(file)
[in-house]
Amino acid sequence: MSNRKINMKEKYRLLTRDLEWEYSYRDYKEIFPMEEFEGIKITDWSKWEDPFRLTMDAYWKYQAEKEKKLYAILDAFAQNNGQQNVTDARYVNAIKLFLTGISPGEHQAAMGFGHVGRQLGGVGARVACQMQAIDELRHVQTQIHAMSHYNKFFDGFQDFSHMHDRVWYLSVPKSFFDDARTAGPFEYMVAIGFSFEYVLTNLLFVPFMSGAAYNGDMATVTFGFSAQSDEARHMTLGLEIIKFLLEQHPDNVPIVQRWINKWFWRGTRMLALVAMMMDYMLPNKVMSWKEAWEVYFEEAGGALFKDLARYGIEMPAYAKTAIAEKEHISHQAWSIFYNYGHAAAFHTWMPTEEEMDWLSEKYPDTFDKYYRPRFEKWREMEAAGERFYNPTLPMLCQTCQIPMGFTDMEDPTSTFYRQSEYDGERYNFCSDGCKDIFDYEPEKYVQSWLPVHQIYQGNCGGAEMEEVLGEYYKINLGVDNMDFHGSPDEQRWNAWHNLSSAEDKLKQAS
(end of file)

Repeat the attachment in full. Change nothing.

[in-house]
Amino acid sequence: MSNRKINMKEKYRLLTRDLEWEYSYRDYKEIFPMEEFEGIKITDWSKWEDPFRLTMDAYWKYQAEKEKKLYAILDAFAQNNGQQNVTDARYVNAIKLFLTGISPGEHQAAMGFGHVGRQLGGVGARVACQMQAIDELRHVQTQIHAMSHYNKFFDGFQDFSHMHDRVWYLSVPKSFFDDARTAGPFEYMVAIGFSFEYVLTNLLFVPFMSGAAYNGDMATVTFGFSAQSDEARHMTLGLEIIKFLLEQHPDNVPIVQRWINKWFWRGTRMLALVAMMMDYMLPNKVMSWKEAWEVYFEEAGGALFKDLARYGIEMPAYAKTAIAEKEHISHQAWSIFYNYGHAAAFHTWMPTEEEMDWLSEKYPDTFDKYYRPRFEKWREMEAAGERFYNPTLPMLCQTCQIPMGFTDMEDPTSTFYRQSEYDGERYNFCSDGCKDIFDYEPEKYVQSWLPVHQIYQGNCGGAEMEEVLGEYYKINLGVDNMDFHGSPDEQRWNAWHNLSSAEDKLKQAS